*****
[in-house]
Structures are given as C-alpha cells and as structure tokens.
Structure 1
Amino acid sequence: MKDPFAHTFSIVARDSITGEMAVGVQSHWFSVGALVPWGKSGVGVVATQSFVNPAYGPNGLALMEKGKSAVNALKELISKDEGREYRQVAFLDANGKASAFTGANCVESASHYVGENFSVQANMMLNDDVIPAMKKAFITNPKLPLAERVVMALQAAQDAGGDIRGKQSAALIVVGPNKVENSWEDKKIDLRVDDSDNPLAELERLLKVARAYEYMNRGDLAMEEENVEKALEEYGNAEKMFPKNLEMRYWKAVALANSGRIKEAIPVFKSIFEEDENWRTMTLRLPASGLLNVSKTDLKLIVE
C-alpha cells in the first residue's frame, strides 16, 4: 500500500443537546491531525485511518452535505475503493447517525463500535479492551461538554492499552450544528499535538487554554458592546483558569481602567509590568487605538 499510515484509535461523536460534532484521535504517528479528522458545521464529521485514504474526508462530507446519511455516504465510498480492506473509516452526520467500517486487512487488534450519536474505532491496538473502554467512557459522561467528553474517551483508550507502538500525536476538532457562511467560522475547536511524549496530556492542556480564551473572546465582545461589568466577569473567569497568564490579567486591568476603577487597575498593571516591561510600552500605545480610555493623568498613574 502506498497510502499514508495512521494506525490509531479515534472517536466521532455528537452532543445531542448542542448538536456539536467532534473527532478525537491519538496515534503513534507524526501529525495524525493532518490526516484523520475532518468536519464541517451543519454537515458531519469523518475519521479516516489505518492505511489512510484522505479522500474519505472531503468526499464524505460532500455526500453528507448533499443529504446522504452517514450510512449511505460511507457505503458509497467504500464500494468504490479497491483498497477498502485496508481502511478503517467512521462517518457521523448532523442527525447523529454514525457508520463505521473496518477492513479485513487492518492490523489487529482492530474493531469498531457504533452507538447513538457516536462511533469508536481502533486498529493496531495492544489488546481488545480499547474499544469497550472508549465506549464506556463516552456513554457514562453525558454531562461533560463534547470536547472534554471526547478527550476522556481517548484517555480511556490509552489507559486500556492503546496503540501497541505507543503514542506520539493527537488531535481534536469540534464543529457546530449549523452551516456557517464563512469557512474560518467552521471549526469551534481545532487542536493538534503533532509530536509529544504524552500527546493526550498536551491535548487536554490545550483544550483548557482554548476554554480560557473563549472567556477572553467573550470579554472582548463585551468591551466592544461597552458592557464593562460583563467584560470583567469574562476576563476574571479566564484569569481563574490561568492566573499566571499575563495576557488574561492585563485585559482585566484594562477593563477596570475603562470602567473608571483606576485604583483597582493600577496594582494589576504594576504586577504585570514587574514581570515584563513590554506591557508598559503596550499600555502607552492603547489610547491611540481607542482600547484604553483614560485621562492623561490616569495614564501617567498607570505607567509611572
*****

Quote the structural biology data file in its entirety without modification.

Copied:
[in-house]
Structures are given as C-alpha cells and as structure tokens.
Structure 1
Amino acid sequence: MKDPFAHTFSIVARDSITGEMAVGVQSHWFSVGALVPWGKSGVGVVATQSFVNPAYGPNGLALMEKGKSAVNALKELISKDEGREYRQVAFLDANGKASAFTGANCVESASHYVGENFSVQANMMLNDDVIPAMKKAFITNPKLPLAERVVMALQAAQDAGGDIRGKQSAALIVVGPNKVENSWEDKKIDLRVDDSDNPLAELERLLKVARAYEYMNRGDLAMEEENVEKALEEYGNAEKMFPKNLEMRYWKAVALANSGRIKEAIPVFKSIFEEDENWRTMTLRLPASGLLNVSKTDLKLIVE
C-alpha cells in the first residue's frame, strides 16, 4: 500500500443537546491531525485511518452535505475503493447517525463500535479492551461538554492499552450544528499535538487554554458592546483558569481602567509590568487605538 499510515484509535461523536460534532484521535504517528479528522458545521464529521485514504474526508462530507446519511455516504465510498480492506473509516452526520467500517486487512487488534450519536474505532491496538473502554467512557459522561467528553474517551483508550507502538500525536476538532457562511467560522475547536511524549496530556492542556480564551473572546465582545461589568466577569473567569497568564490579567486591568476603577487597575498593571516591561510600552500605545480610555493623568498613574 502506498497510502499514508495512521494506525490509531479515534472517536466521532455528537452532543445531542448542542448538536456539536467532534473527532478525537491519538496515534503513534507524526501529525495524525493532518490526516484523520475532518468536519464541517451543519454537515458531519469523518475519521479516516489505518492505511489512510484522505479522500474519505472531503468526499464524505460532500455526500453528507448533499443529504446522504452517514450510512449511505460511507457505503458509497467504500464500494468504490479497491483498497477498502485496508481502511478503517467512521462517518457521523448532523442527525447523529454514525457508520463505521473496518477492513479485513487492518492490523489487529482492530474493531469498531457504533452507538447513538457516536462511533469508536481502533486498529493496531495492544489488546481488545480499547474499544469497550472508549465506549464506556463516552456513554457514562453525558454531562461533560463534547470536547472534554471526547478527550476522556481517548484517555480511556490509552489507559486500556492503546496503540501497541505507543503514542506520539493527537488531535481534536469540534464543529457546530449549523452551516456557517464563512469557512474560518467552521471549526469551534481545532487542536493538534503533532509530536509529544504524552500527546493526550498536551491535548487536554490545550483544550483548557482554548476554554480560557473563549472567556477572553467573550470579554472582548463585551468591551466592544461597552458592557464593562460583563467584560470583567469574562476576563476574571479566564484569569481563574490561568492566573499566571499575563495576557488574561492585563485585559482585566484594562477593563477596570475603562470602567473608571483606576485604583483597582493600577496594582494589576504594576504586577504585570514587574514581570515584563513590554506591557508598559503596550499600555502607552492603547489610547491611540481607542482600547484604553483614560485621562492623561490616569495614564501617567498607570505607567509611572